What were your thoughts on the finale Katie?
Katie: I can’t help but feel comforted by this episode. Loneliness and the desire to find family in strangers will always be relevant. Peggy’s pitch to Burger Chef was about finding connection outside of the television set, and finding connection at the family table of Burger Chef. Watching “Waterloo” allowed me that sense of connection — hear me out — Watching TV and movies has always been such an important part of Don’s and Peggy’s lives – and Mad Men is distinctive in that it shows its characters watching screens so often. Watching a movie in a theatre is sharing a dream space with total strangers. You experience the same story and emotions, but you’re completely separate from everyone else. Mad Men has always been “event TV viewing” for me, so knowing that so many other people are watching the show at the same time, is comforting to me. Like the characters watching the moon landing, us viewers watching the half-season finale of Mad Men are connected by our shared activity for a short period of time. It’s comforting to know that so many other people were crying and smiling in that last minute, as Bert sashays off, sock-footed.
Matt Weiner knows how to stick a damn landing, that’s for sure. Pardon the pun.
Kerri, what did you think about Roger’s big idea?
Kerri: To borrow a line from the episode, “that was beautiful”, gals.
To answer your question, Katie, I’m always less inclined to enjoy business/political maneuvering than I am to enjoy human maneuvering. I guess I’m rather cynical in that way like the hunky teen. But, in the spirit of the episode, I’m choosing to read Roger’s idea as a way to get the band back together or, the family, as it were. It’s another attempted connection and it feels more and more like Don and Roger need each other symbiotically. And it goes right back to what I think we are all getting at. I think in this episode people make very specific choices to connect with each other.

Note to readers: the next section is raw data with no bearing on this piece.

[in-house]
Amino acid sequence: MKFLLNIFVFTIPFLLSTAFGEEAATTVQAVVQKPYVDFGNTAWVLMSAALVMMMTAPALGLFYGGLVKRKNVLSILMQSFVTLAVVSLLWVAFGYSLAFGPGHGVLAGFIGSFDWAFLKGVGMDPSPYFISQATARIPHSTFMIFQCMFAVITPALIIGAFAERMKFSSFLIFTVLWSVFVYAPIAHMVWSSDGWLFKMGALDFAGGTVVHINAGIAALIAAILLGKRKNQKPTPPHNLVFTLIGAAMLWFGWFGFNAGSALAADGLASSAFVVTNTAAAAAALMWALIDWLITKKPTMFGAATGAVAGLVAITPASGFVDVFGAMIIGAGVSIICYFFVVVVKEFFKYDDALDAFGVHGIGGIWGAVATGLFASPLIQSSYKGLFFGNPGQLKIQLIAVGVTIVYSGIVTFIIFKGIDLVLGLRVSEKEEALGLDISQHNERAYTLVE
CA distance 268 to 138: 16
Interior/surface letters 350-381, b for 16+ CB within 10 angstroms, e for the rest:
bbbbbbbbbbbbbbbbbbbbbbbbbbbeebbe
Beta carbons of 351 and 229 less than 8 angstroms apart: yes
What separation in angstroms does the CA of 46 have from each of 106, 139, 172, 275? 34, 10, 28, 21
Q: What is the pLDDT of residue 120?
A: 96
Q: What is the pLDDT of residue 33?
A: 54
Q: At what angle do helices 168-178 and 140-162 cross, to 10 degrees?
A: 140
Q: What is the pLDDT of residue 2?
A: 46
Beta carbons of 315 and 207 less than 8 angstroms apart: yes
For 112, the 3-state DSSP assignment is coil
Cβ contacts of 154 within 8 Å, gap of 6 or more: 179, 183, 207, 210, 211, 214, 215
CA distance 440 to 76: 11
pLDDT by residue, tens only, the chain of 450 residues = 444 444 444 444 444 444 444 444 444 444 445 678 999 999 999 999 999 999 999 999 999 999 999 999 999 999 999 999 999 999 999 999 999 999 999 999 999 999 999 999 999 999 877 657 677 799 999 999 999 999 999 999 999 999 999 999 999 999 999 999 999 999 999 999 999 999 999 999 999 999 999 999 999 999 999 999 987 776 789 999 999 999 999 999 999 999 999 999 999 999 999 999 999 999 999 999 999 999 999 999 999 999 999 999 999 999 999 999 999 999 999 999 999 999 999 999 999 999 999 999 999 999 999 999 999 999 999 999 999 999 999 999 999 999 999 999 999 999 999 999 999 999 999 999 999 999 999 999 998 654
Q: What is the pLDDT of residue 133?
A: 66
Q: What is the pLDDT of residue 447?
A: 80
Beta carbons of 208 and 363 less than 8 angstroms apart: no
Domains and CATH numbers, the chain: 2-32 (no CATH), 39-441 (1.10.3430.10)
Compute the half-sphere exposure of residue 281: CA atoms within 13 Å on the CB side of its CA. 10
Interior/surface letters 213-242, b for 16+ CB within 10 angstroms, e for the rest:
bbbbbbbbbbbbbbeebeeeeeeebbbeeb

And so I want to circle back to that scene with Peggy and Julio where he comes over to watch TV. Because I think the scene is deeply connected with the themes that the rest of the episode explores and especially the final dance number. All Julio wants to do is stay in this moment, to watch TV, to not move away from the apartment and from Peggy. We know that Julio resents his mother for taking a new job because it means an instant loss of connection with his friend. Peggy is more logical. She knows (or, thinks she knows, or is trying to save Julio by saying a little white lie) that Julio’s mom is doing this because she loves him and wants the best for him. Julio has a childlike sense of what is important, friendship above all, and Peggy, despite what we can read on her face, is relegated to the more adult world of logic and reasoning. And then Bert tells us that Julio is right.
I have one more little moment to point out that ties into all of this. It’s the moment after the kiss between Sally and the boy nearby telescope. Sally lights up a cigarette and stands in pure Betty Draper-stance and looks up at the stars.
Jane, any additional thoughts? We haven’t talked at all about Stan!
Jane Sally gave that boy the kind of perfect memory that Don or Peggy would kill to tap into for a future pitch!
The last thing I’d like to point out is my favorite funny line of the episode. When Don tells Peggy that she will deliver the Burger Chef pitch her first instinct is to ask, “Did Harry tell you about my dream?” That’s a dream I’d like to know more about. I’d also love to see the scene next “season” where Lou finds out about the buy out!
Katie: So many killer lines this episode. Mine had to be when Pete blurted out “I have 10%!!!”
Kerri: Thanks for taking the time to share this with me. I’ll steal another line and say, “bravo”.